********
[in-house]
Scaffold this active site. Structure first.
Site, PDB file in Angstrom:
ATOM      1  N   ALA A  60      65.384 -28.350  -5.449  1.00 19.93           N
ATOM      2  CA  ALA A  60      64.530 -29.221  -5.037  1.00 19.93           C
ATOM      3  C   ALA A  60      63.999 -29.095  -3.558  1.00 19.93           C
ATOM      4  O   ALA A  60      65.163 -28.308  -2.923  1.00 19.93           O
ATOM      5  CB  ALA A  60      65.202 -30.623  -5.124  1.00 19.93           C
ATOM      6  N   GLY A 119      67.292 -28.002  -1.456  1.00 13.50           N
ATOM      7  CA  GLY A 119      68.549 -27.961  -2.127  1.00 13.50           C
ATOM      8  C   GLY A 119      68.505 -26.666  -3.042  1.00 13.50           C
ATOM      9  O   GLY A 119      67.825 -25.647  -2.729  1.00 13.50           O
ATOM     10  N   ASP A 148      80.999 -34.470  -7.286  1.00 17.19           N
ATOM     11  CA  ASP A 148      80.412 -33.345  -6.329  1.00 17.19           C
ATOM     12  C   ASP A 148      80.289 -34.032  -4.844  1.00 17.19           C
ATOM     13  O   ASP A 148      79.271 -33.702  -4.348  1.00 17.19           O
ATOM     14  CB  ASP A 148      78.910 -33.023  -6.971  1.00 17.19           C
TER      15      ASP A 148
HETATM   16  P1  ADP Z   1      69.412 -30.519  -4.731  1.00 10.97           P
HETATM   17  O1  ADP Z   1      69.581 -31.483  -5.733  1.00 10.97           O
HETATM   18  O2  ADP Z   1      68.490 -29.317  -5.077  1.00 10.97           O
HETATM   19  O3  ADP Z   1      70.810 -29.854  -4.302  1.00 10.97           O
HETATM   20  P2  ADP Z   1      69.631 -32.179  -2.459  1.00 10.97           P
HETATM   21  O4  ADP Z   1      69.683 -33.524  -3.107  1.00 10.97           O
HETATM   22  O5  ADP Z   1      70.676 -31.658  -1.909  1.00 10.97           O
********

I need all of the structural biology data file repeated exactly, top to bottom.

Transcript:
[in-house]
Scaffold this active site. Structure first.
Site, PDB file in Angstrom:
ATOM      1  N   ALA A  60      65.384 -28.350  -5.449  1.00 19.93           N
ATOM      2  CA  ALA A  60      64.530 -29.221  -5.037  1.00 19.93           C
ATOM      3  C   ALA A  60      63.999 -29.095  -3.558  1.00 19.93           C
ATOM      4  O   ALA A  60      65.163 -28.308  -2.923  1.00 19.93           O
ATOM      5  CB  ALA A  60      65.202 -30.623  -5.124  1.00 19.93           C
ATOM      6  N   GLY A 119      67.292 -28.002  -1.456  1.00 13.50           N
ATOM      7  CA  GLY A 119      68.549 -27.961  -2.127  1.00 13.50           C
ATOM      8  C   GLY A 119      68.505 -26.666  -3.042  1.00 13.50           C
ATOM      9  O   GLY A 119      67.825 -25.647  -2.729  1.00 13.50           O
ATOM     10  N   ASP A 148      80.999 -34.470  -7.286  1.00 17.19           N
ATOM     11  CA  ASP A 148      80.412 -33.345  -6.329  1.00 17.19           C
ATOM     12  C   ASP A 148      80.289 -34.032  -4.844  1.00 17.19           C
ATOM     13  O   ASP A 148      79.271 -33.702  -4.348  1.00 17.19           O
ATOM     14  CB  ASP A 148      78.910 -33.023  -6.971  1.00 17.19           C
TER      15      ASP A 148
HETATM   16  P1  ADP Z   1      69.412 -30.519  -4.731  1.00 10.97           P
HETATM   17  O1  ADP Z   1      69.581 -31.483  -5.733  1.00 10.97           O
HETATM   18  O2  ADP Z   1      68.490 -29.317  -5.077  1.00 10.97           O
HETATM   19  O3  ADP Z   1      70.810 -29.854  -4.302  1.00 10.97           O
HETATM   20  P2  ADP Z   1      69.631 -32.179  -2.459  1.00 10.97           P
HETATM   21  O4  ADP Z   1      69.683 -33.524  -3.107  1.00 10.97           O
HETATM   22  O5  ADP Z   1      70.676 -31.658  -1.909  1.00 10.97           O